As more Chicago public schools cash in on Mayor Rahm Emanuel’s longer-day financial incentives by adding 90 minutes to their school day, the previous votes by a dozen schools to add about a half hour to the day by bringing back recess are going unnoticed.
Restoring recess is part of a broader health push by parents, advocacy groups and some city officials to bring more exercise and better nutrition to both schoolchildren and preschoolers.
Beginning in November, the city’s Department of Public Health will require children who attend preschool or day care centers in Chicago to spend less time in front of television or computer screens — 60 minutes or less — and more time, at least an hour a day, participating in physical activity. At snack or meal time, milk cannot have a fat content higher than 1 percent, unless a child has written consent from a doctor. Only 100 percent juice can be served.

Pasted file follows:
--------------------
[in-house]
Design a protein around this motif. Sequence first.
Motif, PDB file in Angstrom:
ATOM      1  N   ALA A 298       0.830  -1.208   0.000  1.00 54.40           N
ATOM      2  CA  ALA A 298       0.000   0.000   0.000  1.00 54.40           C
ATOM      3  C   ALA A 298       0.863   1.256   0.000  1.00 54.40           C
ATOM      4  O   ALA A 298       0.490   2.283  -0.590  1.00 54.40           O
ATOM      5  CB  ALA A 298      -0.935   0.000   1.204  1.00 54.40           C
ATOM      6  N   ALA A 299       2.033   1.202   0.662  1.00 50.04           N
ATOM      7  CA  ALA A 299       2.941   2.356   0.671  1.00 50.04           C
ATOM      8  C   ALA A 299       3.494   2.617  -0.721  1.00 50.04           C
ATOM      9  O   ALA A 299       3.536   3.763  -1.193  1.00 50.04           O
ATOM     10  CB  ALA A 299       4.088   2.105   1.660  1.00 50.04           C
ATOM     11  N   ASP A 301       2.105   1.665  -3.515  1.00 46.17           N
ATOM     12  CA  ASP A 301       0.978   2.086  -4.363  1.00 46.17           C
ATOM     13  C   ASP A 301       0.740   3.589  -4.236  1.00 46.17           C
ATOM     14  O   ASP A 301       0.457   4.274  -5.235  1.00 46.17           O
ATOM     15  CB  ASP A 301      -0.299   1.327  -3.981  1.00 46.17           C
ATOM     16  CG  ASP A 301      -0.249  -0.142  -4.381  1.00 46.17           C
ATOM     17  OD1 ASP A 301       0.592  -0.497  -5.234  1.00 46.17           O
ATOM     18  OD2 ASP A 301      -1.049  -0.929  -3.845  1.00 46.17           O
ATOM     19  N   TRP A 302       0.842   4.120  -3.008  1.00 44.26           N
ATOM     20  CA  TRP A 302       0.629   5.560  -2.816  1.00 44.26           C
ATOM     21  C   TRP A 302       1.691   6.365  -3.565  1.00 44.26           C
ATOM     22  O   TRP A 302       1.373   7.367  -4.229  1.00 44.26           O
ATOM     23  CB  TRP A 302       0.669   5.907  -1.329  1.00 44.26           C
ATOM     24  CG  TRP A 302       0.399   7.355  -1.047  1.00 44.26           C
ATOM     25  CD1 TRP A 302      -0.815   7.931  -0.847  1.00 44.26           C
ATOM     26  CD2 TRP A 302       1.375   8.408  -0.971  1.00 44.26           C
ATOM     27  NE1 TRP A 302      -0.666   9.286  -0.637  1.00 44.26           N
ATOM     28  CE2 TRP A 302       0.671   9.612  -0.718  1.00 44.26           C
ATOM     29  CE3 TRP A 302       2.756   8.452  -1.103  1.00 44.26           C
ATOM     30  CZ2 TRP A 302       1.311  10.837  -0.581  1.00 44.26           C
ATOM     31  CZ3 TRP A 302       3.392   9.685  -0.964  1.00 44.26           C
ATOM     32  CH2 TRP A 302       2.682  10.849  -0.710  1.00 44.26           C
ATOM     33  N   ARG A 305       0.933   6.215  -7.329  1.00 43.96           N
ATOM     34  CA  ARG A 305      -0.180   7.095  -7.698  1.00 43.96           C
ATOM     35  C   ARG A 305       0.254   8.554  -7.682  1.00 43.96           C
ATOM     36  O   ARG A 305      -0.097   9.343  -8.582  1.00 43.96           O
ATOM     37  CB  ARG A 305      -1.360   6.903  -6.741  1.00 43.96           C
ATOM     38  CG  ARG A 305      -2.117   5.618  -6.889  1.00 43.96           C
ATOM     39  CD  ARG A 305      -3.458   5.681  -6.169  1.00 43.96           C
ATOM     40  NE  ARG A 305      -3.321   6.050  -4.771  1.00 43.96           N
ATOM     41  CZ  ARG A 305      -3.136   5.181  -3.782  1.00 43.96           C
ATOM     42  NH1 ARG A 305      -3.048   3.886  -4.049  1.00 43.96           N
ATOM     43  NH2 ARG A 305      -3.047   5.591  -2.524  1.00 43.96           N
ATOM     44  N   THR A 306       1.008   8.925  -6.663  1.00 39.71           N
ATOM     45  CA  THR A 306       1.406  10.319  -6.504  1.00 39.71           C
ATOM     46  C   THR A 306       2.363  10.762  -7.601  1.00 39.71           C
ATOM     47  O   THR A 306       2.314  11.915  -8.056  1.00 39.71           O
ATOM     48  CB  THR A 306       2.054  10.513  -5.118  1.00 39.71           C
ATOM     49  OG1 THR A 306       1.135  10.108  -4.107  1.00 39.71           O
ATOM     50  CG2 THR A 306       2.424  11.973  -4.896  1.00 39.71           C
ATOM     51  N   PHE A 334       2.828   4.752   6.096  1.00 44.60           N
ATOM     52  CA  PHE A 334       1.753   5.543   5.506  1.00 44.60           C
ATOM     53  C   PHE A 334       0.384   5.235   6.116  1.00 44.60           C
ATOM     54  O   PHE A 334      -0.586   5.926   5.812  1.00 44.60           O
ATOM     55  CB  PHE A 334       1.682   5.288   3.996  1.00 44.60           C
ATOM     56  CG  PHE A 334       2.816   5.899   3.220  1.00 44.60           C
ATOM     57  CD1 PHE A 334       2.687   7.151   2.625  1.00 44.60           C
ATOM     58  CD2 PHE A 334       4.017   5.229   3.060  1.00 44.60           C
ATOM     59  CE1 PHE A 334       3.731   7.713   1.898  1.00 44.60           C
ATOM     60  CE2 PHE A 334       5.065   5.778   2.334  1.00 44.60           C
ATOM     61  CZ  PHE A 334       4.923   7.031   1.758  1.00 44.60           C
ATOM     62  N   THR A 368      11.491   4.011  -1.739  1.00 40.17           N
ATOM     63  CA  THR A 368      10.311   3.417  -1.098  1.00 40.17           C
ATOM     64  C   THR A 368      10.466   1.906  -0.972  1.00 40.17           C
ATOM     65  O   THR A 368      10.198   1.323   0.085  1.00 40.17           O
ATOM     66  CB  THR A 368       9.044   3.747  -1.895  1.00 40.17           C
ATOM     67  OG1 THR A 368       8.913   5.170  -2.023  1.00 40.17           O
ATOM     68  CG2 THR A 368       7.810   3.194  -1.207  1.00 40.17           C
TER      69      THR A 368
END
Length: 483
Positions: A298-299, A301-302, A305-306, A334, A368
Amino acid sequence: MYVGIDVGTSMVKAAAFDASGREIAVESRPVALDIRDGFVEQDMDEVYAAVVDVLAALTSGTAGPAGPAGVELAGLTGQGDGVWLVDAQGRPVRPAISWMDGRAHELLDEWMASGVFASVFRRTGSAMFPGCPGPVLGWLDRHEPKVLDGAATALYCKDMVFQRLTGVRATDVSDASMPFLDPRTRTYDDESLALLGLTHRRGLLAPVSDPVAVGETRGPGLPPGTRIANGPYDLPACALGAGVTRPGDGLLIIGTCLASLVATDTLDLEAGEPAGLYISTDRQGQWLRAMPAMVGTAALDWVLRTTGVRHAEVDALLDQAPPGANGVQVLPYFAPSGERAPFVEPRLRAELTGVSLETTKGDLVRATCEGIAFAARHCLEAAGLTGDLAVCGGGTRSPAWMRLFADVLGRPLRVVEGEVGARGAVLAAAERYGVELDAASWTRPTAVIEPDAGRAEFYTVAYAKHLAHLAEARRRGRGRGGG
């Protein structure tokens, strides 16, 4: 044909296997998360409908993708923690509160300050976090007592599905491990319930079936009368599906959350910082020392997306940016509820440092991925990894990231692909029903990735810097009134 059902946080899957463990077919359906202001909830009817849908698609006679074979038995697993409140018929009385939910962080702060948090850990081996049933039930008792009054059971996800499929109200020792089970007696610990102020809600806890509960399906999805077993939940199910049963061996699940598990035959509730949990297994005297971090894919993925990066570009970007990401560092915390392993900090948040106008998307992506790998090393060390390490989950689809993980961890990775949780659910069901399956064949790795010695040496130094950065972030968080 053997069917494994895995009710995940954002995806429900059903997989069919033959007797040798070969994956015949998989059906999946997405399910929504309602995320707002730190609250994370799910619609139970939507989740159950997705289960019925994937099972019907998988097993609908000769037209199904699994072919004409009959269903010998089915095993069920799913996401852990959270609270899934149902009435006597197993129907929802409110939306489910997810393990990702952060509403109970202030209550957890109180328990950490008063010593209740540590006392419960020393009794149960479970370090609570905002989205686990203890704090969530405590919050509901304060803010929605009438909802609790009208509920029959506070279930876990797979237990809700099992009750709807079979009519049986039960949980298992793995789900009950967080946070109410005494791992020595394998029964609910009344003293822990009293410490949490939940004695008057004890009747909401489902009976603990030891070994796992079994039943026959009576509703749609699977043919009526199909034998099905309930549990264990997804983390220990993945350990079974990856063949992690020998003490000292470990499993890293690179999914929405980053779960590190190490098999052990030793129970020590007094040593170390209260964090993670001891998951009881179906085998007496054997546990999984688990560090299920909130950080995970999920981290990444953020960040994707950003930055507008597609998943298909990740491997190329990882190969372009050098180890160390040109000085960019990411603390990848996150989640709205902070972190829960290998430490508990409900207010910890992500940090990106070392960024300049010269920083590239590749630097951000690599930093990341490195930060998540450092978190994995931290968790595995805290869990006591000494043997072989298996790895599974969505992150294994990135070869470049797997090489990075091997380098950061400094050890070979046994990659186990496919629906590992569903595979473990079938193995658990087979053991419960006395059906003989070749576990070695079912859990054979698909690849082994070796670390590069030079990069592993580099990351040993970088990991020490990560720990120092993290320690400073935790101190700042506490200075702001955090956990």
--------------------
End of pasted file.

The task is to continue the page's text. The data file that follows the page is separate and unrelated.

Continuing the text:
In Chicago, 22 percent of children are overweight before they enter school, more than twice the national average, according to research compiled by the Consortium to Lower Obesity in Chicago Children, a group of organizations and health advocates.
The Department of Public Health first set preschool health standards in 2009, and some preschools and day care centers have already adopted them. Bechara Choucair, the city’s health commissioner, said that the department would begin enforcing the new requirements in November but that it had not yet determined how.
Tracy Moran, a researcher at the Erikson Institute, a graduate school focused on early childhood development and education, said the requirements were important for young children to develop healthy lifestyles to prevent conditions like high cholesterol, Type 2 diabetes and hypertension.
The lack of recess could “certainly stunt any progress made early on,” Ms. Moran said. Read more >>